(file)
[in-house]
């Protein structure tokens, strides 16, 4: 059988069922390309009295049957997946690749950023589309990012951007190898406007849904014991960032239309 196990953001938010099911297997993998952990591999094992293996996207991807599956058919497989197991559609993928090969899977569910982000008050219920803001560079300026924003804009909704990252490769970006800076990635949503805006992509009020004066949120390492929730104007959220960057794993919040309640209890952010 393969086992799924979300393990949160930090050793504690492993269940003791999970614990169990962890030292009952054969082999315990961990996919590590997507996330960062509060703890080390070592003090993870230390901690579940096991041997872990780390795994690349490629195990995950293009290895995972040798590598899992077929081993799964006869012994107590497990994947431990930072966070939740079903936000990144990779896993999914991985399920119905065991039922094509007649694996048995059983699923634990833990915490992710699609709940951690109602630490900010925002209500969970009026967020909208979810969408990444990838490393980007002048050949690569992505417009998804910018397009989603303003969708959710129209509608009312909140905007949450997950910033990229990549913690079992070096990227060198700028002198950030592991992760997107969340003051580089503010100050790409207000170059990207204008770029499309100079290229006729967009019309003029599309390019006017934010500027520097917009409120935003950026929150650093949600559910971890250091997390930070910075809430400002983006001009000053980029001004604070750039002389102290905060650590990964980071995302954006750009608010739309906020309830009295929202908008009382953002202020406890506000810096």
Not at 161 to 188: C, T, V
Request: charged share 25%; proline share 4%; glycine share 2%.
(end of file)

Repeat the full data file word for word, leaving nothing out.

[in-house]
């Protein structure tokens, strides 16, 4: 059988069922390309009295049957997946690749950023589309990012951007190898406007849904014991960032239309 196990953001938010099911297997993998952990591999094992293996996207991807599956058919497989197991559609993928090969899977569910982000008050219920803001560079300026924003804009909704990252490769970006800076990635949503805006992509009020004066949120390492929730104007959220960057794993919040309640209890952010 393969086992799924979300393990949160930090050793504690492993269940003791999970614990169990962890030292009952054969082999315990961990996919590590997507996330960062509060703890080390070592003090993870230390901690579940096991041997872990780390795994690349490629195990995950293009290895995972040798590598899992077929081993799964006869012994107590497990994947431990930072966070939740079903936000990144990779896993999914991985399920119905065991039922094509007649694996048995059983699923634990833990915490992710699609709940951690109602630490900010925002209500969970009026967020909208979810969408990444990838490393980007002048050949690569992505417009998804910018397009989603303003969708959710129209509608009312909140905007949450997950910033990229990549913690079992070096990227060198700028002198950030592991992760997107969340003051580089503010100050790409207000170059990207204008770029499309100079290229006729967009019309003029599309390019006017934010500027520097917009409120935003950026929150650093949600559910971890250091997390930070910075809430400002983006001009000053980029001004604070750039002389102290905060650590990964980071995302954006750009608010739309906020309830009295929202908008009382953002202020406890506000810096």
Not at 161 to 188: C, T, V
Request: charged share 25%; proline share 4%; glycine share 2%.